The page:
Now you’re thinking “OK, this all happened under George Bush or the Presidents before him, right? The student loan program was streamlined earlier this year and the loan rates are back where they belong.” That is true, but the only item that helps students is the lower rates.
Obamas Attempt to Help Backfiring
Students and their families still do not have the consumer protections returned to them taken away in 2005. What President Obama’s streamlining did reduce interest rates that had risen on federal student loans, and implemented the pay as you go plan. Sallie Mae still has zero risk on a defaulted federal loan as its backed by the government. Sallie Mae is going to turn a higher profit when student loans go into default and fees begin to accrue.
When a student defaults on his or her loan, Sallie Mae loses nothing. The federal government fully guarantees the complete loan amount. It even pays the interest that would have been paid to Sallie Mae over the lifetime of the loan.
Sallie Mae Interest In Collections Agencies & Defaulted Loans
Next, the government sends the loan to a collection agency. In the late 90s, just after Sallie Mae started severing its government ties, the company also began buying up collection agencies. It now owns two of the U.S.’s largest collection agencies, General Revenue Corporation (GRC) and USA Funds. These agencies and others are allowed to add a 25 percent collection fee to the loans they recover as well as receive a commission of up to 28 percent of the loan. It is the student loan holder who has to pay the fee and commission.
In case you haven’t been counting, that means Sallie Mae only gets paid once for every loan that stays in good standing. They get paid three times on every loan in default. It is impossible for Sallie Mae to lose money on any loan, no matter how small. The only losers in this situation are the students who are unable to keep their original, scheduled payments and the taxpayers who have to provide more every year to Sallie Mae because the government still guarantees every loan just as when Sallie Mae was a GSE.
Universities Interest In The Swindle
The nation’s universities and colleges are also in on the act. Since defaulted loans result in no penalties to anyone except the students and co-signers; the government, Sallie Mae and their collection agencies have no interest to actually lower the cost of tuition. In fact, lower tuition will cut into their profits when it comes to interest, collection fees and commission rates. Higher tuition means higher pay for professors, bigger buildings and course curriculums that “lead to nowhere”. How else could college tuition rise at twice the rate of inflation and four times the rate of wages over the last twenty years?
Defaults are at an all time high so the money is flowing. The last studies showed that one in four students who had attended four year universities were defaulting on their loans. For students attending two year programs, the rate of default is 40 percent; almost half.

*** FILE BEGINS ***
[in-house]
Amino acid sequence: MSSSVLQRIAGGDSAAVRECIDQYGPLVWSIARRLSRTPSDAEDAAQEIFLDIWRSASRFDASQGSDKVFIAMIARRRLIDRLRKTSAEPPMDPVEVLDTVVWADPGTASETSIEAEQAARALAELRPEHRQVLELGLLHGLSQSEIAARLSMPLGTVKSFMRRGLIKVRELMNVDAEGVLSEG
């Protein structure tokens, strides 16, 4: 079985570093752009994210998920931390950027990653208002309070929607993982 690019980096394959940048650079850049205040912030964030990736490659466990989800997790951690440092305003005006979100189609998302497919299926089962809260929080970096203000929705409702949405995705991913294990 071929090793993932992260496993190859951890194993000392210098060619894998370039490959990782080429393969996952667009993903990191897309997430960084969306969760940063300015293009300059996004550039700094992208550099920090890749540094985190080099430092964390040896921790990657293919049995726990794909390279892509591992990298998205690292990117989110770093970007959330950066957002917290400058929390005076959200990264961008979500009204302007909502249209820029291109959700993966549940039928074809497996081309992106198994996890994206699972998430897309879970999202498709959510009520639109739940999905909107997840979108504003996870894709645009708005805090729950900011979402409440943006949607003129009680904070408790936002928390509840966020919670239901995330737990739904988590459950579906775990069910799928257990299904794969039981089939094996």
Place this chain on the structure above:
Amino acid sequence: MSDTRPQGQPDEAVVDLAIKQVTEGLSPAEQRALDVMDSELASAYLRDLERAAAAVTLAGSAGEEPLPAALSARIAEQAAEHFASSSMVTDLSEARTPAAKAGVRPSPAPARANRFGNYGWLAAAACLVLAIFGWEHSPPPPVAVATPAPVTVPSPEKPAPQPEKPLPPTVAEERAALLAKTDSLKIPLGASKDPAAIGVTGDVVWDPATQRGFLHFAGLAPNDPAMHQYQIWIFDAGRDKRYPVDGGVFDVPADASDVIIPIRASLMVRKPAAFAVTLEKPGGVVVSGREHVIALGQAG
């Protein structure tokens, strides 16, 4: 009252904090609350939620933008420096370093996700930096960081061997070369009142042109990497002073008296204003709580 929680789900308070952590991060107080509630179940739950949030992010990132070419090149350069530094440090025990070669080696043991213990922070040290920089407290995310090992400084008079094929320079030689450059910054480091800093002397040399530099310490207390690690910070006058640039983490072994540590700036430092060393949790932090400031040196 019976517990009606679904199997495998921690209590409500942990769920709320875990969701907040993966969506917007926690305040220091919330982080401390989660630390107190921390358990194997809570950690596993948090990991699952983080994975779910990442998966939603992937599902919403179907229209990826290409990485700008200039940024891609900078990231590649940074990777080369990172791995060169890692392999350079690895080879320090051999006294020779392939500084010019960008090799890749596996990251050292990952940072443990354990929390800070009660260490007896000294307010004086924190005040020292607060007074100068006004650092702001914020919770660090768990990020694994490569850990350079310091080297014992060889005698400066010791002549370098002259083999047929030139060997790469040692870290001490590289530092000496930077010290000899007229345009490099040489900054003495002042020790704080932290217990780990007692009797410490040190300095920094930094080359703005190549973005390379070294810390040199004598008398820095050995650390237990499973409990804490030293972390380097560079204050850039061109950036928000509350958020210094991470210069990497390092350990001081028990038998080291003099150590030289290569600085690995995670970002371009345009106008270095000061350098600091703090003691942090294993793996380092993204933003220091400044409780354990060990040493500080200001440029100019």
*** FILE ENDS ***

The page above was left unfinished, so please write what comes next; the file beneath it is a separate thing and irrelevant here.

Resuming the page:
It’s these numbers that are beginning to frighten a lot of people. When the sub-prime mortgage rate crisis turned into a housing collapse, defaulted loans were at these numbers. However, it’s not the banks handling the loans now. It’s Sallie Mae and the government is not going to bailout what is, for them, a no loss situation.
Time for Change
Since Sallie Mae is the largest lender of student loans in the U.S., they certainly bear the largest share of responsibility in fixing this situation. With the current bankruptcy laws benefiting them and the government underwriting their bottom-line, they have no need to do so. No matter what their customers do, Sallie Mae WILL turn a profit. The only way to end this is for you to have your Representatives and Senators stop financing Sallie Mae’s operations, put back the basic consumer protections into student loans that everyone enjoys for every other type of loan and to stop treating citizens who are having trouble meeting their responsibilities like criminals.
Compare the Best Student Loan Refinance Rates
Here are our top student loan refinance picks for 2019
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Student Debt Relief Loan Refinancing Advertiser Disclosure
College Ave: College Ave Student Loans products are made available through either Firstrust Bank, member FDIC or M.Y. Safra Bank, FSB, member FDIC. All loans are subject to individual approval and adherence to underwriting guidelines. Program restrictions, other terms, and conditions apply.
College Ave Refi Education loans are not currently available to residents of Maine.
1 – The 0.25% auto-pay interest rate reduction applies as long as the borrower or cosigner, if applicable, enrolls in auto-pay and authorizes our loan servicer to automatically deduct your monthly payments from a valid bank account via Automated Clearing House (“ACH”). The rate reduction applies for as long as the monthly payment amount is successfully deducted from the designated bank account and is suspended during periods of forbearance and certain deferments. Variable rates may increase after consummation.